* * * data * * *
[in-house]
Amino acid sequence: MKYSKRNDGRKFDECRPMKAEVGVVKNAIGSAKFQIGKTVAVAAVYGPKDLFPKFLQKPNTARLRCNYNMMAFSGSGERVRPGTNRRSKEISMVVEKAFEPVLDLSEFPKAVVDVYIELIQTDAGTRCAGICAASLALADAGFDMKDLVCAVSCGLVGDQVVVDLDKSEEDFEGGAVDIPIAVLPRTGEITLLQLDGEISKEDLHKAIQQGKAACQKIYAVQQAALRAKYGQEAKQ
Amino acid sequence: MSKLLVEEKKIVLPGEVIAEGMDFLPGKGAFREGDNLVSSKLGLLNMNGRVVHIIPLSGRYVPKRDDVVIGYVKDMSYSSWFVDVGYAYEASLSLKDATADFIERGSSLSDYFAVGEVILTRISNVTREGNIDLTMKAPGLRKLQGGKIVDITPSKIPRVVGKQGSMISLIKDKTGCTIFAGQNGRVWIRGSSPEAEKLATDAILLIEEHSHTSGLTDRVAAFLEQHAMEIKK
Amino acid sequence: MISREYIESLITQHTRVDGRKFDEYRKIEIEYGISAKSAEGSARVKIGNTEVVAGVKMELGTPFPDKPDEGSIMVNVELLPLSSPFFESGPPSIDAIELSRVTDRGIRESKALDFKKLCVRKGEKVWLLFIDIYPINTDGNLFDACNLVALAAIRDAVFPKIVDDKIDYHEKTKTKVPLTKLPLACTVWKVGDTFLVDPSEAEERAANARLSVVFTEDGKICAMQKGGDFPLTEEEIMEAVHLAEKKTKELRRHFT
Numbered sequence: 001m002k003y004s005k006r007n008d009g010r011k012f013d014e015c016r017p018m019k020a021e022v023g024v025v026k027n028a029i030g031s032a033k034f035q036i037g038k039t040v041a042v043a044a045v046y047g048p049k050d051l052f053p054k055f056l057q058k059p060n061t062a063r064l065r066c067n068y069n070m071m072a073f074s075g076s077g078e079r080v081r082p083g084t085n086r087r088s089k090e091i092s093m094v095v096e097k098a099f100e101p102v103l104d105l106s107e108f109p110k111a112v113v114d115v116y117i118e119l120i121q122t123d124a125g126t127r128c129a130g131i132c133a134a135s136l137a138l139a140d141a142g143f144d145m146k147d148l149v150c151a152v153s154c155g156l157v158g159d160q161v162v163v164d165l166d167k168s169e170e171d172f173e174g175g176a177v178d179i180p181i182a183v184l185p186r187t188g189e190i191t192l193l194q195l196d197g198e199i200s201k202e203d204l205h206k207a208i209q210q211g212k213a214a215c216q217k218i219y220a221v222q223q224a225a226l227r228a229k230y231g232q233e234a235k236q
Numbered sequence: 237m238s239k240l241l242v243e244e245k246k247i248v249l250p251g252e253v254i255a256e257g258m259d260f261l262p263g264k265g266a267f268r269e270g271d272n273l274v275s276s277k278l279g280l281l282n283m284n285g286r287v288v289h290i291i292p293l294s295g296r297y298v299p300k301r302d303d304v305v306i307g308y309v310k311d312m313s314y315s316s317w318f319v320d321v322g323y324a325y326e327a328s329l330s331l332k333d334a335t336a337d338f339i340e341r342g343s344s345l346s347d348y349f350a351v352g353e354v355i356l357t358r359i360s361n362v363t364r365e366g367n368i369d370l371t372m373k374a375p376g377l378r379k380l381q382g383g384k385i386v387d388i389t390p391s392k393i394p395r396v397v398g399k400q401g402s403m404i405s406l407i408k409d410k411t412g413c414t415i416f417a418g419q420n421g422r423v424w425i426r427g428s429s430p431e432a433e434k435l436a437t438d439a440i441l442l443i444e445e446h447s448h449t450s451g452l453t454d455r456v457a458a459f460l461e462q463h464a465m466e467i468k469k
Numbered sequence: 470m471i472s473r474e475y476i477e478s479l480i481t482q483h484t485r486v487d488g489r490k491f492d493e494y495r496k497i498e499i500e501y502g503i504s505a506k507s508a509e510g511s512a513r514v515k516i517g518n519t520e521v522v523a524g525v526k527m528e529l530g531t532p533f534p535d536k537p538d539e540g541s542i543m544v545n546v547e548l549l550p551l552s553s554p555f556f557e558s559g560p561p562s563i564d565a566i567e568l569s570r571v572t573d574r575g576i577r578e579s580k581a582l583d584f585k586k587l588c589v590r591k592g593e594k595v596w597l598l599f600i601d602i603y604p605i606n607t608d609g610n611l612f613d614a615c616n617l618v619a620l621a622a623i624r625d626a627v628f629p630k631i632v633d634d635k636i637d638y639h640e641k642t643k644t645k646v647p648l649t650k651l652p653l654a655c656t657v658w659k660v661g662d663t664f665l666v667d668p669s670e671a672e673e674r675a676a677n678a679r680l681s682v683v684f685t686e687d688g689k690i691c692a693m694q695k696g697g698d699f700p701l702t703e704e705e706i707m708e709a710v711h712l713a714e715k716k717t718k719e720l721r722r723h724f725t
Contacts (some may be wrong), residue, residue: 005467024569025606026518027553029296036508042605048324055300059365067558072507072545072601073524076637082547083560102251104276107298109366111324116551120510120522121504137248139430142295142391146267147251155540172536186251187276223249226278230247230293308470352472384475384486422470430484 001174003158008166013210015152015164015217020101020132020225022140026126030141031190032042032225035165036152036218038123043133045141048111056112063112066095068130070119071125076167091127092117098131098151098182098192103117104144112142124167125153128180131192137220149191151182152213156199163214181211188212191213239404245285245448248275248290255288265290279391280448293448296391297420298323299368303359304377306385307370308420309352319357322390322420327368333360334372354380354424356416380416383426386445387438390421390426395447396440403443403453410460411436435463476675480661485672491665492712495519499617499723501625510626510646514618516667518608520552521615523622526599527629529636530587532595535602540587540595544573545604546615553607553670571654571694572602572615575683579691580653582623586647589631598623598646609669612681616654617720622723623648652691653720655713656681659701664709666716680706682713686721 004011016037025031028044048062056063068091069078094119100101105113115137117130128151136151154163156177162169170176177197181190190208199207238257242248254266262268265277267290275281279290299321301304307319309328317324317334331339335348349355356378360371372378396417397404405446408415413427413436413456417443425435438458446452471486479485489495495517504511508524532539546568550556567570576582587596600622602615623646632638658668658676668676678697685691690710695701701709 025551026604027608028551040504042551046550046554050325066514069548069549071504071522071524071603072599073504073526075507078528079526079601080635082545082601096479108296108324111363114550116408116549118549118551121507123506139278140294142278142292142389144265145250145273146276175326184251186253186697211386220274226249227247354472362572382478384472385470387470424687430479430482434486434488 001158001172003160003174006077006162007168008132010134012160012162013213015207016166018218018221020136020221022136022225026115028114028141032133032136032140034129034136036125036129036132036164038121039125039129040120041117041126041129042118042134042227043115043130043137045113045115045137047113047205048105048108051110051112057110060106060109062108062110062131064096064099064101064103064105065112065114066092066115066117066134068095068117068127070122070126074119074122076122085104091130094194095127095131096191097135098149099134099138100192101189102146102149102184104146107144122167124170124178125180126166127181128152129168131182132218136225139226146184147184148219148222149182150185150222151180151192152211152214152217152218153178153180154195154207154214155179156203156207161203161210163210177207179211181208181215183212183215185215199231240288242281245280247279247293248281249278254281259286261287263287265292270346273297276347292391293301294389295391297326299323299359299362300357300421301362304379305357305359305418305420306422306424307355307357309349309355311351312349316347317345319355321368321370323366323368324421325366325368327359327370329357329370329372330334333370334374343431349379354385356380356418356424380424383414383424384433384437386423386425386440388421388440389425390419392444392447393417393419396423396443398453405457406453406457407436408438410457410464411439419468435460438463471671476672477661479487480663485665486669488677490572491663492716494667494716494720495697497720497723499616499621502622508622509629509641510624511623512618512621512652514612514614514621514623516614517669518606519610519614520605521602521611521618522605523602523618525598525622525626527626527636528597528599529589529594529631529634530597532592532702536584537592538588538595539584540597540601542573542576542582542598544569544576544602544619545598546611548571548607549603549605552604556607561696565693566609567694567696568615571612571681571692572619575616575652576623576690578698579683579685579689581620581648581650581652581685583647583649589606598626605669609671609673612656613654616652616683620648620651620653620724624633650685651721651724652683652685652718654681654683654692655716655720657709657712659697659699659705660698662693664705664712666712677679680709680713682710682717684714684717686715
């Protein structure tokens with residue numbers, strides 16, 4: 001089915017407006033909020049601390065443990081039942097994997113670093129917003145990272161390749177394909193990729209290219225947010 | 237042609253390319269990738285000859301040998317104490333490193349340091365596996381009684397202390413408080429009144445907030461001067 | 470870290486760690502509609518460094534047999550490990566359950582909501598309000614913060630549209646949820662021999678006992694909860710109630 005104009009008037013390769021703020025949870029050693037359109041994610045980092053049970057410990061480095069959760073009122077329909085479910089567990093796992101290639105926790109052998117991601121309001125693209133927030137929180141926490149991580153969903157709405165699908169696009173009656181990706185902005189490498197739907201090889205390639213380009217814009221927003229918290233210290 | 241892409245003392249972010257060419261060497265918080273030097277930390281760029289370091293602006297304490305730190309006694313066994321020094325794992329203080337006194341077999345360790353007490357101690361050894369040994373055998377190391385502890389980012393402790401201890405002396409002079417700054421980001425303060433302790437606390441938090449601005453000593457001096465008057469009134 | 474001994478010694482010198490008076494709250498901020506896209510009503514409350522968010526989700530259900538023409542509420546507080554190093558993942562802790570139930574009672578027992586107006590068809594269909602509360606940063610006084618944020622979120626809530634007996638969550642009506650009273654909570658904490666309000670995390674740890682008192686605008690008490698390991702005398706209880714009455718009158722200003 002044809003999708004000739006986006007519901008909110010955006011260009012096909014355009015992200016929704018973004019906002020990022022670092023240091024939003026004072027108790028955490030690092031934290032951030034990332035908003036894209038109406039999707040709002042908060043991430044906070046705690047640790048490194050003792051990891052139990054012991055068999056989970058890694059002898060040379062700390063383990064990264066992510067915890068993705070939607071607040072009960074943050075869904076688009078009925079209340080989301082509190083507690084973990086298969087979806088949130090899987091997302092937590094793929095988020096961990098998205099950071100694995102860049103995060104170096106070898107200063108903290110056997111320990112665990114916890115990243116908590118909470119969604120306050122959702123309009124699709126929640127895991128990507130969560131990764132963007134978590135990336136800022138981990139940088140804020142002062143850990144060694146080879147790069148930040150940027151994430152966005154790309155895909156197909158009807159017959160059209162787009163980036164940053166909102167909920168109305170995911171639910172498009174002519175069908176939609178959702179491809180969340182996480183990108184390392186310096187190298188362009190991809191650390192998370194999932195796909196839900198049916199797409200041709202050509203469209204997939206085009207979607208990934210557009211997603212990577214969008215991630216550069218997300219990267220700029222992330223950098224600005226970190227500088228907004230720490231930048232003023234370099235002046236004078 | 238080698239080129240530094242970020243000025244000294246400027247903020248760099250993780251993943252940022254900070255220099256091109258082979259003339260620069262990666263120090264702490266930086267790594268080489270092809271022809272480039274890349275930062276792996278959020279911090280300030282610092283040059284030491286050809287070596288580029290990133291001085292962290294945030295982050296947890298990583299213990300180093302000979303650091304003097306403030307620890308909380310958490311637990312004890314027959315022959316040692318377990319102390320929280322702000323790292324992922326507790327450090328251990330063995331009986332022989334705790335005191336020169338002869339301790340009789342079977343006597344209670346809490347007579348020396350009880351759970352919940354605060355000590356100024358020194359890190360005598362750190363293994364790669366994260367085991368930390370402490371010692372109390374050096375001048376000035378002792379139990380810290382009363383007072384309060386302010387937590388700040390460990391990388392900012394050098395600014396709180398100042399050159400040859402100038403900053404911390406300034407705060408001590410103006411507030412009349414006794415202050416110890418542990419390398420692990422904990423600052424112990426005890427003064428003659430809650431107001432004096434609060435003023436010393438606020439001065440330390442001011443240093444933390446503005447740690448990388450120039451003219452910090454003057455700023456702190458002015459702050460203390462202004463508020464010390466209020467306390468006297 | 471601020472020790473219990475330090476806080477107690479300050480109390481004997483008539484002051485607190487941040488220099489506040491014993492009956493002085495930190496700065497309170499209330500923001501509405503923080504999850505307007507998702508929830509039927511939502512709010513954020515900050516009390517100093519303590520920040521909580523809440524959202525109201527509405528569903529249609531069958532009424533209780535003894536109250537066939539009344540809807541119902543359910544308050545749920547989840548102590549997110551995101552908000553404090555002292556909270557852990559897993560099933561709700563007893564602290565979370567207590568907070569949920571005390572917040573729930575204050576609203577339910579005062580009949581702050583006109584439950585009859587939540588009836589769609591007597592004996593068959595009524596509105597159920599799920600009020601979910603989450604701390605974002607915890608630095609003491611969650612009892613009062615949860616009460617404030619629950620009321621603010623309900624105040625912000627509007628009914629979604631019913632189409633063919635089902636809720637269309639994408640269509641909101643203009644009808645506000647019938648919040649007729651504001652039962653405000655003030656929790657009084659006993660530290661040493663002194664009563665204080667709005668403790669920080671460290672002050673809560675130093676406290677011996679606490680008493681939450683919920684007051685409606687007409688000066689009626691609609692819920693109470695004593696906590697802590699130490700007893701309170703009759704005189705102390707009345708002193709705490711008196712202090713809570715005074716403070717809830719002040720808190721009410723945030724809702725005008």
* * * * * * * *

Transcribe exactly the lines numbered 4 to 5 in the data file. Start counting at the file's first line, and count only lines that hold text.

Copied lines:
Amino acid sequence: MISREYIESLITQHTRVDGRKFDEYRKIEIEYGISAKSAEGSARVKIGNTEVVAGVKMELGTPFPDKPDEGSIMVNVELLPLSSPFFESGPPSIDAIELSRVTDRGIRESKALDFKKLCVRKGEKVWLLFIDIYPINTDGNLFDACNLVALAAIRDAVFPKIVDDKIDYHEKTKTKVPLTKLPLACTVWKVGDTFLVDPSEAEERAANARLSVVFTEDGKICAMQKGGDFPLTEEEIMEAVHLAEKKTKELRRHFT
Numbered sequence: 001m002k003y004s005k006r007n008d009g010r011k012f013d014e015c016r017p018m019k020a021e022v023g024v025v026k027n028a029i030g031s032a033k034f035q036i037g038k039t040v041a042v043a044a045v046y047g048p049k050d051l052f053p054k055f056l057q058k059p060n061t062a063r064l065r066c067n068y069n070m071m072a073f074s075g076s077g078e079r080v081r082p083g084t085n086r087r088s089k090e091i092s093m094v095v096e097k098a099f100e101p102v103l104d105l106s107e108f109p110k111a112v113v114d115v116y117i118e119l120i121q122t123d124a125g126t127r128c129a130g131i132c133a134a135s136l137a138l139a140d141a142g143f144d145m146k147d148l149v150c151a152v153s154c155g156l157v158g159d160q161v162v163v164d165l166d167k168s169e170e171d172f173e174g175g176a177v178d179i180p181i182a183v184l185p186r187t188g189e190i191t192l193l194q195l196d197g198e199i200s201k202e203d204l205h206k207a208i209q210q211g212k213a214a215c216q217k218i219y220a221v222q223q224a225a226l227r228a229k230y231g232q233e234a235k236q